The Owl will have to fill you in on the saga of Bunny (the boiler) another time, but suffice it to say: don’t get water in your diesel. Especially not when it’s about to turn Baltic. We have learned this the hard way – also how little insulation we apparently have (especially draughty around the portholes, main hatch and single glazed skylights), which means that on a cold day when we’re at home we are currently burning through between 5-10litres of diesel to stay warm.
We (by which I mean the Owl) have learned lots about filters and dieselbugs (which we don’t think we have), and had some mighty icy cold nights when the burner wouldn’t fire up in the process and our breath turned to icicles at the ends of our noses, but I think we have really grown and developed as people. I also bought a woolly hat. It’s red and has a fleecy lining and a pompom on top. It makes me happy.
Now our suspicions about the size of the big burner in the corner become realised.
I wish it had windows. Seems it’s just as well we didn’t progress our initial summertime aspirations for a cute french enamel poele a boîte – almost all the ones we spent hours deliberating over would be too small to make the tiniest dent in the dense cold fug that invades us each afternoon as the sun goes down and gets progressively colder until it grudgingly comes up again.
What we need then, is to get serious. After a quick calculation on the incomparable StovesOnline website (my new favourite site. I have been borderline stalking them for weeks) I concluded that we need a stove with an output of between 8-9kW. That’s a big stove.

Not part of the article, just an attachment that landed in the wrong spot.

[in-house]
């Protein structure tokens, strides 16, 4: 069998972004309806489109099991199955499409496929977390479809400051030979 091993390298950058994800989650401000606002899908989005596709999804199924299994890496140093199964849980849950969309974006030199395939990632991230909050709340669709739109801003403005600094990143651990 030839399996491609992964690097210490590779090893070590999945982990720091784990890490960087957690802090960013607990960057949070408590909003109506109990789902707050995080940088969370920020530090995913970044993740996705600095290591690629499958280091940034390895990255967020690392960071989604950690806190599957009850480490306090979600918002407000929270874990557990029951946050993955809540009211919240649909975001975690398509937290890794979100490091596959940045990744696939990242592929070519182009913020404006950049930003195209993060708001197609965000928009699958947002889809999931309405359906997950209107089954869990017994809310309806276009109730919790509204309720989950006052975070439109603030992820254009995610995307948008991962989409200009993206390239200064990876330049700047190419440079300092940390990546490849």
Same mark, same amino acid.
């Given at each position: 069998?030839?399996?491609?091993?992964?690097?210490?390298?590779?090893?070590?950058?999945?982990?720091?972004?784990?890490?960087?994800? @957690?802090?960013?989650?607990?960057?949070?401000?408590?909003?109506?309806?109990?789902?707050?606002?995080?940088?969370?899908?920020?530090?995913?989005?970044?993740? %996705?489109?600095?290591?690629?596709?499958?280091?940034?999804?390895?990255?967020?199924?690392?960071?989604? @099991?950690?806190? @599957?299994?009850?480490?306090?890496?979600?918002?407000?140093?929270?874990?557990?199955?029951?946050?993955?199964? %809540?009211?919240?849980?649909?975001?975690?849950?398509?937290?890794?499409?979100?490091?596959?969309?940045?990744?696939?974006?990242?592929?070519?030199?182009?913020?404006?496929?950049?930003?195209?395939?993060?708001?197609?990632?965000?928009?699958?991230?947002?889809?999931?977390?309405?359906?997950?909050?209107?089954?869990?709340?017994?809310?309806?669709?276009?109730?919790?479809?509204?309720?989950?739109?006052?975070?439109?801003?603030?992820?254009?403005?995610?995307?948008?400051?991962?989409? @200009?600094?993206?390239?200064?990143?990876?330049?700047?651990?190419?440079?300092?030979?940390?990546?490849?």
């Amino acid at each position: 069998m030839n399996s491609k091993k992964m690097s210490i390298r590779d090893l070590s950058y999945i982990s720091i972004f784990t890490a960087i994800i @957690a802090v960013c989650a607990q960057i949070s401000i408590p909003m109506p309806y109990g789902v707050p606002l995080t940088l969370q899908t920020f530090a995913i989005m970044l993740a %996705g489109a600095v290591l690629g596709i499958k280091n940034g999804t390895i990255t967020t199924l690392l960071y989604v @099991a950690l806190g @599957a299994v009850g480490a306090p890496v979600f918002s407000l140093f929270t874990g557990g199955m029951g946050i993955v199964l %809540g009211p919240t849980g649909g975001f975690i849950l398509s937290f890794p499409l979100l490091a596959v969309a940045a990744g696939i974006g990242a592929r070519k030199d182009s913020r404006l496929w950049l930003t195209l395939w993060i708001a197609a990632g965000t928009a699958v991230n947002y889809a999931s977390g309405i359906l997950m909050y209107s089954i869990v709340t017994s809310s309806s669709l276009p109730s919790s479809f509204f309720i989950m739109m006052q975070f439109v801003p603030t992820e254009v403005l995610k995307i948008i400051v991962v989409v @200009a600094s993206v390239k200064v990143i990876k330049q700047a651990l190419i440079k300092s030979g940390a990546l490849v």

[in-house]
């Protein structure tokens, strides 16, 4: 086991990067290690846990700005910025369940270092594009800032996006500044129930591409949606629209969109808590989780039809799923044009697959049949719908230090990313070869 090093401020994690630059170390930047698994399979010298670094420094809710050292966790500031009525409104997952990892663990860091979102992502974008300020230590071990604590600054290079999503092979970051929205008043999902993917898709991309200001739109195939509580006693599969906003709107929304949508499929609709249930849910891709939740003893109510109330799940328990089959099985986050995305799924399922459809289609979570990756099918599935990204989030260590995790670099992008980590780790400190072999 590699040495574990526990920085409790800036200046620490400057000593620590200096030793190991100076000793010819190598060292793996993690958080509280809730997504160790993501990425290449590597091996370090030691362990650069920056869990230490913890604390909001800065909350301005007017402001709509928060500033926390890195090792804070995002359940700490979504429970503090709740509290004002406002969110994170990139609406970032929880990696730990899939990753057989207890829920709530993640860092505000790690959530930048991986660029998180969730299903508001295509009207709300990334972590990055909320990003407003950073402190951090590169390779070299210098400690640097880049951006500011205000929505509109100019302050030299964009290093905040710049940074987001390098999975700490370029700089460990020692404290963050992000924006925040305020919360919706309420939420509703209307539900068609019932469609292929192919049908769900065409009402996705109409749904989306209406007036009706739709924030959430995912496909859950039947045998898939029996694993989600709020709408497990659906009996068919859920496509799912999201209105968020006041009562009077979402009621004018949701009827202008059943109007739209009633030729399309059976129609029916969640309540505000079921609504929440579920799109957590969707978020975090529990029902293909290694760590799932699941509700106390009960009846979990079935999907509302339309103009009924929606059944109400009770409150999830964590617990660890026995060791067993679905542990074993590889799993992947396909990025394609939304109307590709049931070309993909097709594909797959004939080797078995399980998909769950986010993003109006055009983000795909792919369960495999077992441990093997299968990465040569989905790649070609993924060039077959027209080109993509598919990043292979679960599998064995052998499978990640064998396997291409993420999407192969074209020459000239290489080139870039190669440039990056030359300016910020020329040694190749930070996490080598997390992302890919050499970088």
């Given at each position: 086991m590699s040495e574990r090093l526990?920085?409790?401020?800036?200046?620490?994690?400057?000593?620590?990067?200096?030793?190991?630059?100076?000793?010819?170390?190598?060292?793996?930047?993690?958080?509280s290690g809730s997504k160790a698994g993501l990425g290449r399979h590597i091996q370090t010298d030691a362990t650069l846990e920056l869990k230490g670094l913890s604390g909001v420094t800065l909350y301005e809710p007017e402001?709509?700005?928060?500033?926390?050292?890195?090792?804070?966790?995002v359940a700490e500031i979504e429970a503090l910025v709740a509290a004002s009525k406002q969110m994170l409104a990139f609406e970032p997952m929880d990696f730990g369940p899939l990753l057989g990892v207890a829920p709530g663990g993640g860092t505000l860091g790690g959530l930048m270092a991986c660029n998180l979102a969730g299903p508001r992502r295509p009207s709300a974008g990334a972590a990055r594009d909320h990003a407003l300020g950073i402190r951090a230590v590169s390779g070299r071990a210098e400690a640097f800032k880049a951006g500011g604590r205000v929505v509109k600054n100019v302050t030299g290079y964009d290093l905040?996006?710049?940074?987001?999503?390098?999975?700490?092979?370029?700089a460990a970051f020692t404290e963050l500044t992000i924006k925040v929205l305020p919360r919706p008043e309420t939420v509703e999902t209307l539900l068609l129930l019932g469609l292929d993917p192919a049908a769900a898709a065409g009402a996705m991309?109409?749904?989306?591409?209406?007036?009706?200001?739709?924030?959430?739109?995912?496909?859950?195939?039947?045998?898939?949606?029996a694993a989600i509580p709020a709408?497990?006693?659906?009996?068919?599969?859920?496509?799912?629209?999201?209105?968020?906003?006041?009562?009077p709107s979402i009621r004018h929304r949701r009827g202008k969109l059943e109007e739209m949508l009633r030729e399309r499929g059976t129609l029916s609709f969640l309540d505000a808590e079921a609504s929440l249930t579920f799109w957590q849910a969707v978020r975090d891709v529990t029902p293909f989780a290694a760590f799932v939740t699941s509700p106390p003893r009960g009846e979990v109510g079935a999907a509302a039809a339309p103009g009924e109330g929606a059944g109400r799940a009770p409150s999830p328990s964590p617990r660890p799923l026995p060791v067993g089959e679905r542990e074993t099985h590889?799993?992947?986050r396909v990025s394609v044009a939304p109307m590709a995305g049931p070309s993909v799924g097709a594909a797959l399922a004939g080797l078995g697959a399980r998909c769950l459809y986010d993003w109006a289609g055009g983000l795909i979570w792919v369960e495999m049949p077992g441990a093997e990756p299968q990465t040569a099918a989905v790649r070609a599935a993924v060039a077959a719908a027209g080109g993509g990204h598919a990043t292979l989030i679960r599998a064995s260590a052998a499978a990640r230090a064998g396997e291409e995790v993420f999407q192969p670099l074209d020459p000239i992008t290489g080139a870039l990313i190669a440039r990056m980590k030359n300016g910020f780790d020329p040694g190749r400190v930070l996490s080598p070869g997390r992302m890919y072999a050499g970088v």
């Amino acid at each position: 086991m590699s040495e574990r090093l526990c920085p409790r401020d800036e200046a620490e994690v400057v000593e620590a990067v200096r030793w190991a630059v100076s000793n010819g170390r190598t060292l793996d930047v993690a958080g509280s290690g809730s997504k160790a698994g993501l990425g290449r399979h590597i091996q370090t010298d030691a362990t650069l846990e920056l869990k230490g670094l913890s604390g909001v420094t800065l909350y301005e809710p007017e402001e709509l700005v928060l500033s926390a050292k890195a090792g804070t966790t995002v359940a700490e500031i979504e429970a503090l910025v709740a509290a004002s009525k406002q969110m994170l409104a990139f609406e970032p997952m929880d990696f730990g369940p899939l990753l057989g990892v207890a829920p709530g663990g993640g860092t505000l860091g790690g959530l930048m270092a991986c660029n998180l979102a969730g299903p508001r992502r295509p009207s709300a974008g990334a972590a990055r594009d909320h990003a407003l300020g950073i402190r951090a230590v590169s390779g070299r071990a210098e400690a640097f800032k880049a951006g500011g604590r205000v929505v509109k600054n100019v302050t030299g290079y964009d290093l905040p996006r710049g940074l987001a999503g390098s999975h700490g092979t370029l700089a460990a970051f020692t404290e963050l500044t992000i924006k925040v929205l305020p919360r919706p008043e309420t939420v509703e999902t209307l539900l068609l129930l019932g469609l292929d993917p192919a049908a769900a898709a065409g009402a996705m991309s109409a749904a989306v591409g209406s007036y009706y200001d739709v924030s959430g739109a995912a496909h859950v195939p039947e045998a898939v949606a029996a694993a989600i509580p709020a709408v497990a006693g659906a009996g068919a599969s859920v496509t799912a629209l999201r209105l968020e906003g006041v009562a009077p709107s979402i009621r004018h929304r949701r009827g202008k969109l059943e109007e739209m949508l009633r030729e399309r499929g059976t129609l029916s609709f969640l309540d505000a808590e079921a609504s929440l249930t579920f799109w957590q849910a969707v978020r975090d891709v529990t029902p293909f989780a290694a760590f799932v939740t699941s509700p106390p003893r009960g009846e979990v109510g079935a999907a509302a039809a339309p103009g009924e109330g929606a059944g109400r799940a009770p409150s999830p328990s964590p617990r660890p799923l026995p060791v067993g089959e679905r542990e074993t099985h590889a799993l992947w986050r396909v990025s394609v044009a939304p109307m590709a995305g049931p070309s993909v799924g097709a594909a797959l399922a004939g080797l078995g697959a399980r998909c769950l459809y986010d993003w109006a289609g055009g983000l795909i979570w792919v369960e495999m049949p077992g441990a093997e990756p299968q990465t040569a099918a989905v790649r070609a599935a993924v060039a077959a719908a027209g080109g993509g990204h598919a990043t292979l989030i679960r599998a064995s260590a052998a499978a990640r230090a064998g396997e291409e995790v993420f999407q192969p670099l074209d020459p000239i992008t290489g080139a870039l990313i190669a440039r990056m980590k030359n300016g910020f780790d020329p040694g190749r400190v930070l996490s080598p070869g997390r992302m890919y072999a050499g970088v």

The nice lady at StovesOnline sent me a quote for the Charnwood Country 8 which comes in at about £800 net (we’re hoping keenly that we can exercise our special boat VAT exemption muscle for the first time but tbc).
There are others, but I like this one because it has angled windows. In the words of the StovesOnline website:
“The Charnwood Country 8 is big brother to the Country 6. The Country 8 has a heat output of 8kW and comes as a flat top as standard but an optional canopy is available. The two doors each have a window with a curve to the outside top corners of the window. As you can see the front of the stove is slightly pointed with the doors angling back to the sides. This means that you can see more of the flames when looking at the Country 8 stove side on. The windows are kept clean by an airwash system. The Country 8 is a cleanburning wood burner making it efficient at wood burning. A multi fuel version is available as well as a 2.9kW backboiler.”
We would not get the canopy. We would get the multifuel version. We would not get the backboiler. We would use their nice chimney advice form to make sure we install the right chimney at sufficient distance from the wall so as not to release toxic nonsense from the paint and nearly burn the boat down (as the toxic yellow burn marks on the wall behind the existing boiler suggest has happened in the past).
However: there is a second possible option: biomass stoves.
“RHI Payment Increase and Grant